30 Jan 2007

Fall Fertilization

As the calendar turns to fall each year, most farmers and their advisers are preoccupied with harvest and all the related priorities that go with it. Of course that’s important, but fall is also prime-time to address some economic and management questions on crop and forage nutrition, tillage systems, fertilizer placement options, soil testing, and other practices.

A series of six new, seasonal topics from the Potash & Phosphate Institute (PPI) provides some observations and pointers that can help. Prepared by PPI Regional Directors in North America, these articles are offered as PDF files which can be printed or adapted for further use. Here’s a summary of what’s available. To access any of these, just click on the title.

Questions Worth Answering about Your Soil Testing Program
Most everyone agrees that soil testing makes sense. But it’s also wise to understand the interpretation approach…for example, sufficiency or build-maintenance…that is used to convert soil test levels to fertilizer recommendations. This article, in question/answer format, tags several points to consider before samples are sent to the lab and after the results are returned.

Prices Change—Balanced Fertility Needs Remain the Same
Crop production conditions have certainly changed over the past few years and will continue to evolve as we move forward. Sometimes the more dramatic changes, especially the negative ones, can produce a measure of shock and consternation. We must remember though…one thing that doesn’t change is the crop’s need for adequate and balanced fertility.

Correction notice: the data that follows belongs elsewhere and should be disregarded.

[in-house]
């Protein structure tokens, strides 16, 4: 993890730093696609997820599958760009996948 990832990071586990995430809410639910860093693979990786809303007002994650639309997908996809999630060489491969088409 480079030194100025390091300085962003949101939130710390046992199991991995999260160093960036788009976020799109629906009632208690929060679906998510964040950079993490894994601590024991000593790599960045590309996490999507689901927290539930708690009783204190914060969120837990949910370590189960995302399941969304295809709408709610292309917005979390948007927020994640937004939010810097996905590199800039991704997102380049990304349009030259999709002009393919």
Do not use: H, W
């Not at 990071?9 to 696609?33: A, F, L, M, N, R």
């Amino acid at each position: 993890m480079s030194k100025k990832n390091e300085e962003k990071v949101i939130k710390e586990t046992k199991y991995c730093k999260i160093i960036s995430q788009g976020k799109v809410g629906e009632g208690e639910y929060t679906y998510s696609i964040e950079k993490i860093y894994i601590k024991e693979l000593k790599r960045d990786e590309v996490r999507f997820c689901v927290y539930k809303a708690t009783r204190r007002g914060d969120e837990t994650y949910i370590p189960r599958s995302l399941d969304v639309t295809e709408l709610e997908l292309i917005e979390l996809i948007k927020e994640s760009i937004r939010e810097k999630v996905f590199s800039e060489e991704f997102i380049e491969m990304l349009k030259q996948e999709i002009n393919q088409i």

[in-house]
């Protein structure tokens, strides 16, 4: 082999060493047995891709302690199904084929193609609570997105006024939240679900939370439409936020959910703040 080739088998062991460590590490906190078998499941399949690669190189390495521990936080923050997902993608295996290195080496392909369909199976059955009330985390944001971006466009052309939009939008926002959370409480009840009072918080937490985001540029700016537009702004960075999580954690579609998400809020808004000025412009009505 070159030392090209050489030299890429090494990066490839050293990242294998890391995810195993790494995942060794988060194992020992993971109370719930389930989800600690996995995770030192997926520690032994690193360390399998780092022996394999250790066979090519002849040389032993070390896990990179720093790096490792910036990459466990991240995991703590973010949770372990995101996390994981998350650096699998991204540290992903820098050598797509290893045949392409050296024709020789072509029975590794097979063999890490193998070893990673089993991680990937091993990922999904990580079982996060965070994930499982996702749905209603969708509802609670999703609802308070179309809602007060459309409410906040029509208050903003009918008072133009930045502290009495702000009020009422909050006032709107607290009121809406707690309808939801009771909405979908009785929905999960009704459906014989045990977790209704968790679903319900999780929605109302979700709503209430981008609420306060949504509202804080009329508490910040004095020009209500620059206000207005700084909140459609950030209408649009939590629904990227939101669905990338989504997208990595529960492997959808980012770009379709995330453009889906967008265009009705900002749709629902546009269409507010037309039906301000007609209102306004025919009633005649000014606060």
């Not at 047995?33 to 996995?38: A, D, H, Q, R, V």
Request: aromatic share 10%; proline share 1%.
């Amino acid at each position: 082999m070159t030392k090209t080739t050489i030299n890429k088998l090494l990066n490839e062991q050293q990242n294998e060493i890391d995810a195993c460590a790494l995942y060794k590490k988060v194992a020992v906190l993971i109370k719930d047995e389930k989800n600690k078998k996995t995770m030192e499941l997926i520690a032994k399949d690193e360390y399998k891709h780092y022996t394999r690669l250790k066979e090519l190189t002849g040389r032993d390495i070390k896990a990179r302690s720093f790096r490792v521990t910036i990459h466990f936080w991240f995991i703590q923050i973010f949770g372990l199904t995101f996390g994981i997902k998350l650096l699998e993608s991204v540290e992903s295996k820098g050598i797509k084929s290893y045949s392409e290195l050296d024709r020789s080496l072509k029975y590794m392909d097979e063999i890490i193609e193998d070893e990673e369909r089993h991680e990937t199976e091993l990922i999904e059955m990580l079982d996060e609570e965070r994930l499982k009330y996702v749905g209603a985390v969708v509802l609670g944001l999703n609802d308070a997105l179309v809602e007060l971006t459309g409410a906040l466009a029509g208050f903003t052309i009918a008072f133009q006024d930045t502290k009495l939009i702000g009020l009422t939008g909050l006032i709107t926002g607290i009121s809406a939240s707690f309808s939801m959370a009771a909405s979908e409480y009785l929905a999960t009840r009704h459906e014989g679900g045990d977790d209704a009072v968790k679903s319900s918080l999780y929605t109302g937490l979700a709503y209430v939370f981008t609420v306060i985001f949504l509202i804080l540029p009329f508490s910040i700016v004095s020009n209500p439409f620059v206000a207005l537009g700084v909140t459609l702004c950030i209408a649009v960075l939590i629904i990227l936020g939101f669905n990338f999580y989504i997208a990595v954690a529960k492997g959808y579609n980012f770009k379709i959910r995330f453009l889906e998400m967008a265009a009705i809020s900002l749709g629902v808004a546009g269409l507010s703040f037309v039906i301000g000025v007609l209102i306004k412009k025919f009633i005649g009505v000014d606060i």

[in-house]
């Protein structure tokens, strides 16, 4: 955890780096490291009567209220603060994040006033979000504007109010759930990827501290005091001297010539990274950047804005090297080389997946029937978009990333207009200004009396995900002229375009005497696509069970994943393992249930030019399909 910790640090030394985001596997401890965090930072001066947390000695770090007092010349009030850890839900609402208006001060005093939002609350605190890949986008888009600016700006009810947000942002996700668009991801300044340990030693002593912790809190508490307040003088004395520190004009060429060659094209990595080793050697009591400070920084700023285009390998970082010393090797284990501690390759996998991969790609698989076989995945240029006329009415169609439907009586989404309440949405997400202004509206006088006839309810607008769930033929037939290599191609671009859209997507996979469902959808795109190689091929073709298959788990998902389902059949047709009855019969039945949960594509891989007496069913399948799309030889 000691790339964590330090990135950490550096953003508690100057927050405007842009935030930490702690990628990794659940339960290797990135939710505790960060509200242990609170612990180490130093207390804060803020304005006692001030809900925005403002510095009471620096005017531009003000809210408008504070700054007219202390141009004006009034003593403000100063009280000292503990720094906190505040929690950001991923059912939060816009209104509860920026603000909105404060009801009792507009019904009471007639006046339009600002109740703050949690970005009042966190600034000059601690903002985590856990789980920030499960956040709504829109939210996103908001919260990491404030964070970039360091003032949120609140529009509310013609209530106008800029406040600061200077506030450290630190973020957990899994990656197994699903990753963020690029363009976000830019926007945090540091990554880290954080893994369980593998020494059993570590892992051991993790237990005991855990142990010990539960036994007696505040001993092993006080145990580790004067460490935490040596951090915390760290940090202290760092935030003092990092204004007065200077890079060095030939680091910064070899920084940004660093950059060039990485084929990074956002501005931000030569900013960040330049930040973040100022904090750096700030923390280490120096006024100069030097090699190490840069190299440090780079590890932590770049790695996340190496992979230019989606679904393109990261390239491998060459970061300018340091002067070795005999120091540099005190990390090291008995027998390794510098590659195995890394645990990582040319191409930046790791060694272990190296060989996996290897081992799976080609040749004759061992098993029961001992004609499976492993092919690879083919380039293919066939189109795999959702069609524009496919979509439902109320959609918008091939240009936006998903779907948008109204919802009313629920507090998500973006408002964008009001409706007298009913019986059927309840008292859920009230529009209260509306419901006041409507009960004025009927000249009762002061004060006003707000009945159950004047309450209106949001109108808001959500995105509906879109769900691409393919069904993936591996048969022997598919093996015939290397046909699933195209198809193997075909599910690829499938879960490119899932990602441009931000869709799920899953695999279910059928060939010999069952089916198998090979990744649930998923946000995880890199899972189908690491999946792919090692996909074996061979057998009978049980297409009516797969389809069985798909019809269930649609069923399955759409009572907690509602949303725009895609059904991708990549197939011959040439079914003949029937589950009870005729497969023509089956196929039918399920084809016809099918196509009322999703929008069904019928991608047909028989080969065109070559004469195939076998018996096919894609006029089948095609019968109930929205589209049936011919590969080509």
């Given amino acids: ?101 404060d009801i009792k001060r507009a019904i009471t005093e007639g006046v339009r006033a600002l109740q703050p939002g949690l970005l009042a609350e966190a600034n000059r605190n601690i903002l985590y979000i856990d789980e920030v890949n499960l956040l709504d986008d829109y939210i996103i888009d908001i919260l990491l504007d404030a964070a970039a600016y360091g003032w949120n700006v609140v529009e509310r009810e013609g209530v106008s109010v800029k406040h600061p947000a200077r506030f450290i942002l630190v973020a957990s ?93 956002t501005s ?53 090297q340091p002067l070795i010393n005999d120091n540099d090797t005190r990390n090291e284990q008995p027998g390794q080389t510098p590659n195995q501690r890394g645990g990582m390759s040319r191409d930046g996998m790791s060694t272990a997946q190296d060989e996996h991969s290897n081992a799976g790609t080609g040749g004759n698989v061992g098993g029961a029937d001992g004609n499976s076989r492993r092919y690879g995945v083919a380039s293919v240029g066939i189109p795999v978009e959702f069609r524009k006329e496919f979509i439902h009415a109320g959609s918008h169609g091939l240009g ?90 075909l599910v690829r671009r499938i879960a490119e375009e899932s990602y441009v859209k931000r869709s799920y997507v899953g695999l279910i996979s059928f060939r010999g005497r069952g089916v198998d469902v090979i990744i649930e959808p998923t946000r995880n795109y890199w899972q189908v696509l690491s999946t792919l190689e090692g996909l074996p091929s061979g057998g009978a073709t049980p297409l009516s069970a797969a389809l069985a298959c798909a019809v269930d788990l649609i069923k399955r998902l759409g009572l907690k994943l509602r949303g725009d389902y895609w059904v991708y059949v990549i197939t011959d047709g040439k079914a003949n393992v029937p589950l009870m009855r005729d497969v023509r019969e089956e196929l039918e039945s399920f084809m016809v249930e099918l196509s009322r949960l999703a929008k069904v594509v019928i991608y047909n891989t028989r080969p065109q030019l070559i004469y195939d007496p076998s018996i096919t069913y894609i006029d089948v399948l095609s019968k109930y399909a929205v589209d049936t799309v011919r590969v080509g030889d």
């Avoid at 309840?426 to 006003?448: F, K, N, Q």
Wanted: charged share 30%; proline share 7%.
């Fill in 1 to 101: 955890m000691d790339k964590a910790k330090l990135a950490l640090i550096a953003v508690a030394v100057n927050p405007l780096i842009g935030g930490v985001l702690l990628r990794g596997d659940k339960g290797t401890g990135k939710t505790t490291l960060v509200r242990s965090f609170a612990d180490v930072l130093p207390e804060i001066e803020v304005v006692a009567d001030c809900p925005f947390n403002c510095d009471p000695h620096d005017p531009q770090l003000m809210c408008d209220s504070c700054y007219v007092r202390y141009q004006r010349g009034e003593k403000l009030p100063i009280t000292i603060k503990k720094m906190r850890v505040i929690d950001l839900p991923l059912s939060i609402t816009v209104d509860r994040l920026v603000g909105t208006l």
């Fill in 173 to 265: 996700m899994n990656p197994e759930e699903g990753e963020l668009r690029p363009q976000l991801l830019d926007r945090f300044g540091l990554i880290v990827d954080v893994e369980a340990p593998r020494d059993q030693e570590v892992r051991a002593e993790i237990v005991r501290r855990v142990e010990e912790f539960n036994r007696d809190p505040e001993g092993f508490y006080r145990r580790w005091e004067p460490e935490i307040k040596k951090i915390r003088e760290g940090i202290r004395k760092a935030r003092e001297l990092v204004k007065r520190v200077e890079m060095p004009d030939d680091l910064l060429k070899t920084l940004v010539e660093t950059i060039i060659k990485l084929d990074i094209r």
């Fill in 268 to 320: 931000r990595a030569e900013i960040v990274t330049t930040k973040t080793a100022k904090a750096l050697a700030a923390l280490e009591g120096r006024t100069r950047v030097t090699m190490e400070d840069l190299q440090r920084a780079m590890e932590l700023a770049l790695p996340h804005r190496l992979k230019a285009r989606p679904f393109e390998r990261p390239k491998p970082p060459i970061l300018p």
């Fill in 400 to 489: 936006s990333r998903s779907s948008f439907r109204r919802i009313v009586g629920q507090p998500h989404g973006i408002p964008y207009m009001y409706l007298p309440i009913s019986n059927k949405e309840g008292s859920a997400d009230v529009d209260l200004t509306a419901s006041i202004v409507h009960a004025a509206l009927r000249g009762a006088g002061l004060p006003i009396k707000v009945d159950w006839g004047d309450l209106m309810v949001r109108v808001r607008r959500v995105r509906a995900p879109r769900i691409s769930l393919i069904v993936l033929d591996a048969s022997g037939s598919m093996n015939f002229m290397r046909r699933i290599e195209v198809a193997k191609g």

Forage Fertility…Planning for 2007
Using fertilizer to restore the productivity of established forage crop stands pays major dividends, with the proper balance of all the essential nutrients critical to maximizing yields. Soil testing is key to ensuring that multi-nutrient deficiencies are addressed in fertilizer management programs.

Soybean Nutrition and Pest Management Implications
It has been widely known for some years that high soil fertility levels and good plant nutrition lead to higher soybean yields. But did you know that proper plant nutrition can help reduce susceptibility to incidence and severity of a number of soybean pest problems?

Nutrient Placement in Reduced Tillage Systems: Considerations
Nutrient stratification in reduced tillage systems, along with cooler early spring soil temperatures and higher soil moisture, can mean profitable crop responses to banded applications of N, P, and sometimes K near the seed. Midwest research indicates that placement of bands deeper in the soil produces more consistent benefits for K than for P.

Fall-Applied Nitrogen in the Corn Belt: Questions and Answers for Corn
Risks involved with fall N application for corn can be described as logistical, agronomic, environmental, and economic. This article reviews these factors based on 2006 conditions.

Other resources on fall fertilization considerations for crops and forages: